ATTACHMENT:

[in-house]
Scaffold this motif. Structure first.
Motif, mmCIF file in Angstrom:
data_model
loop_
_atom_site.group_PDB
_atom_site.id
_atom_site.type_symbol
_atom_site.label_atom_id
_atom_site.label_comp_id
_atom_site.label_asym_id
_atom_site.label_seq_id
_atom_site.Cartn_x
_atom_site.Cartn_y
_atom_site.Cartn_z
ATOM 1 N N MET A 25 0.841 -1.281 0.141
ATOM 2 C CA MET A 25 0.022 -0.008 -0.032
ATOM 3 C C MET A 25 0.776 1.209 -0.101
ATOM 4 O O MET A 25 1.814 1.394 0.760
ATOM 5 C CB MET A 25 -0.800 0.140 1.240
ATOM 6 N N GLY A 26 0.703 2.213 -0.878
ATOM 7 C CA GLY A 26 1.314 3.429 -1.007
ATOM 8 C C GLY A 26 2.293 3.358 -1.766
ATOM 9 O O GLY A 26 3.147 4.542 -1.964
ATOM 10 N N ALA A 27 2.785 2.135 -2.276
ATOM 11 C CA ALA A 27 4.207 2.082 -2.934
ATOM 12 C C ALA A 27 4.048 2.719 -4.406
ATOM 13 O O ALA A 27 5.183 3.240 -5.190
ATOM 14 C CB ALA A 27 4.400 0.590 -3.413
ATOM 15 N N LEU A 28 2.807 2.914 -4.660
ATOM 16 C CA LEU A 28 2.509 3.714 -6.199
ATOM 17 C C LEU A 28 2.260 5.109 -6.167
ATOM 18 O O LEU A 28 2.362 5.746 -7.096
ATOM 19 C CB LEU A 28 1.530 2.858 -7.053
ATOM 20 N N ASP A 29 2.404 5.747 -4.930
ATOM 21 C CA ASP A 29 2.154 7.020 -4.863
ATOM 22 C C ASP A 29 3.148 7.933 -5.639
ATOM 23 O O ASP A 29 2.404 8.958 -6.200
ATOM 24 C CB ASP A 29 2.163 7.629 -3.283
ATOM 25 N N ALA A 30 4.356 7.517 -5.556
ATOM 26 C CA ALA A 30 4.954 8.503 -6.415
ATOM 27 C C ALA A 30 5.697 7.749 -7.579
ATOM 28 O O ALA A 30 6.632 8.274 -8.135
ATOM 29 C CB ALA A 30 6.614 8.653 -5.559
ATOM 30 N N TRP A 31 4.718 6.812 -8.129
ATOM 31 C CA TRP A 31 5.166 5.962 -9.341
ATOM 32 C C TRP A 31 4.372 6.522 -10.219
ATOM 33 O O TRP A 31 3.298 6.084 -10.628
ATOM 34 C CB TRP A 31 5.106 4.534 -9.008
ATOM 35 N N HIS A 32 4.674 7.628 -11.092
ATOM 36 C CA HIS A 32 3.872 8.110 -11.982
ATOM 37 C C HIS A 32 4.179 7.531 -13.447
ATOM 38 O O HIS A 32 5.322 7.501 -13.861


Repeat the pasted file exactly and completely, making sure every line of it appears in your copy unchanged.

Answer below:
[in-house]
Scaffold this motif. Structure first.
Motif, mmCIF file in Angstrom:
data_model
loop_
_atom_site.group_PDB
_atom_site.id
_atom_site.type_symbol
_atom_site.label_atom_id
_atom_site.label_comp_id
_atom_site.label_asym_id
_atom_site.label_seq_id
_atom_site.Cartn_x
_atom_site.Cartn_y
_atom_site.Cartn_z
ATOM 1 N N MET A 25 0.841 -1.281 0.141
ATOM 2 C CA MET A 25 0.022 -0.008 -0.032
ATOM 3 C C MET A 25 0.776 1.209 -0.101
ATOM 4 O O MET A 25 1.814 1.394 0.760
ATOM 5 C CB MET A 25 -0.800 0.140 1.240
ATOM 6 N N GLY A 26 0.703 2.213 -0.878
ATOM 7 C CA GLY A 26 1.314 3.429 -1.007
ATOM 8 C C GLY A 26 2.293 3.358 -1.766
ATOM 9 O O GLY A 26 3.147 4.542 -1.964
ATOM 10 N N ALA A 27 2.785 2.135 -2.276
ATOM 11 C CA ALA A 27 4.207 2.082 -2.934
ATOM 12 C C ALA A 27 4.048 2.719 -4.406
ATOM 13 O O ALA A 27 5.183 3.240 -5.190
ATOM 14 C CB ALA A 27 4.400 0.590 -3.413
ATOM 15 N N LEU A 28 2.807 2.914 -4.660
ATOM 16 C CA LEU A 28 2.509 3.714 -6.199
ATOM 17 C C LEU A 28 2.260 5.109 -6.167
ATOM 18 O O LEU A 28 2.362 5.746 -7.096
ATOM 19 C CB LEU A 28 1.530 2.858 -7.053
ATOM 20 N N ASP A 29 2.404 5.747 -4.930
ATOM 21 C CA ASP A 29 2.154 7.020 -4.863
ATOM 22 C C ASP A 29 3.148 7.933 -5.639
ATOM 23 O O ASP A 29 2.404 8.958 -6.200
ATOM 24 C CB ASP A 29 2.163 7.629 -3.283
ATOM 25 N N ALA A 30 4.356 7.517 -5.556
ATOM 26 C CA ALA A 30 4.954 8.503 -6.415
ATOM 27 C C ALA A 30 5.697 7.749 -7.579
ATOM 28 O O ALA A 30 6.632 8.274 -8.135
ATOM 29 C CB ALA A 30 6.614 8.653 -5.559
ATOM 30 N N TRP A 31 4.718 6.812 -8.129
ATOM 31 C CA TRP A 31 5.166 5.962 -9.341
ATOM 32 C C TRP A 31 4.372 6.522 -10.219
ATOM 33 O O TRP A 31 3.298 6.084 -10.628
ATOM 34 C CB TRP A 31 5.106 4.534 -9.008
ATOM 35 N N HIS A 32 4.674 7.628 -11.092
ATOM 36 C CA HIS A 32 3.872 8.110 -11.982
ATOM 37 C C HIS A 32 4.179 7.531 -13.447
ATOM 38 O O HIS A 32 5.322 7.501 -13.861